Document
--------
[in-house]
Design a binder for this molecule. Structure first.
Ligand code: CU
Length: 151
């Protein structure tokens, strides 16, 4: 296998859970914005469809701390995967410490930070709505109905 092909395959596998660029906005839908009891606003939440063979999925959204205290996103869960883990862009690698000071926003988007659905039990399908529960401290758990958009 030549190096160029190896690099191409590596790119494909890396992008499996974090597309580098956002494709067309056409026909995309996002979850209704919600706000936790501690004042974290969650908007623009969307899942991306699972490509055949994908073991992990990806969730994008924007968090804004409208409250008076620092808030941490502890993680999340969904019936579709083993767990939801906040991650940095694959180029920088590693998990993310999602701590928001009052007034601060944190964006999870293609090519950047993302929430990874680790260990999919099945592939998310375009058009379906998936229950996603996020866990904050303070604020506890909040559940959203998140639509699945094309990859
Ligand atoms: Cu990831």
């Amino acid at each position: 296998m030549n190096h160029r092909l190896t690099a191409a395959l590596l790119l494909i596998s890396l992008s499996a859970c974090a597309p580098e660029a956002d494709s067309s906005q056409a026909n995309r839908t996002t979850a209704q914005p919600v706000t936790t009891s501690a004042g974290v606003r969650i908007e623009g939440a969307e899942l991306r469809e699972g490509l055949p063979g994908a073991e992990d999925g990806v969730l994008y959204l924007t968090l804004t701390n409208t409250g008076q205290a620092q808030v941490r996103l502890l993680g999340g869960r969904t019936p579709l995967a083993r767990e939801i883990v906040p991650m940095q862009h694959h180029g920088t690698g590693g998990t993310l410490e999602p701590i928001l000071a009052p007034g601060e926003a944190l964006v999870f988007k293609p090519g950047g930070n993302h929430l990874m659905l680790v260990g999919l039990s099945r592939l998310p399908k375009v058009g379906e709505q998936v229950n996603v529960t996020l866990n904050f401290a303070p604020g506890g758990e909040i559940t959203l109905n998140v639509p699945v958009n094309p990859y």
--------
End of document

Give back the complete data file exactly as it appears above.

[in-house]
Design a binder for this molecule. Structure first.
Ligand code: CU
Length: 151
């Protein structure tokens, strides 16, 4: 296998859970914005469809701390995967410490930070709505109905 092909395959596998660029906005839908009891606003939440063979999925959204205290996103869960883990862009690698000071926003988007659905039990399908529960401290758990958009 030549190096160029190896690099191409590596790119494909890396992008499996974090597309580098956002494709067309056409026909995309996002979850209704919600706000936790501690004042974290969650908007623009969307899942991306699972490509055949994908073991992990990806969730994008924007968090804004409208409250008076620092808030941490502890993680999340969904019936579709083993767990939801906040991650940095694959180029920088590693998990993310999602701590928001009052007034601060944190964006999870293609090519950047993302929430990874680790260990999919099945592939998310375009058009379906998936229950996603996020866990904050303070604020506890909040559940959203998140639509699945094309990859
Ligand atoms: Cu990831």
């Amino acid at each position: 296998m030549n190096h160029r092909l190896t690099a191409a395959l590596l790119l494909i596998s890396l992008s499996a859970c974090a597309p580098e660029a956002d494709s067309s906005q056409a026909n995309r839908t996002t979850a209704q914005p919600v706000t936790t009891s501690a004042g974290v606003r969650i908007e623009g939440a969307e899942l991306r469809e699972g490509l055949p063979g994908a073991e992990d999925g990806v969730l994008y959204l924007t968090l804004t701390n409208t409250g008076q205290a620092q808030v941490r996103l502890l993680g999340g869960r969904t019936p579709l995967a083993r767990e939801i883990v906040p991650m940095q862009h694959h180029g920088t690698g590693g998990t993310l410490e999602p701590i928001l000071a009052p007034g601060e926003a944190l964006v999870f988007k293609p090519g950047g930070n993302h929430l990874m659905l680790v260990g999919l039990s099945r592939l998310p399908k375009v058009g379906e709505q998936v229950n996603v529960t996020l866990n904050f401290a303070p604020g506890g758990e909040i559940t959203l109905n998140v639509p699945v958009n094309p990859y």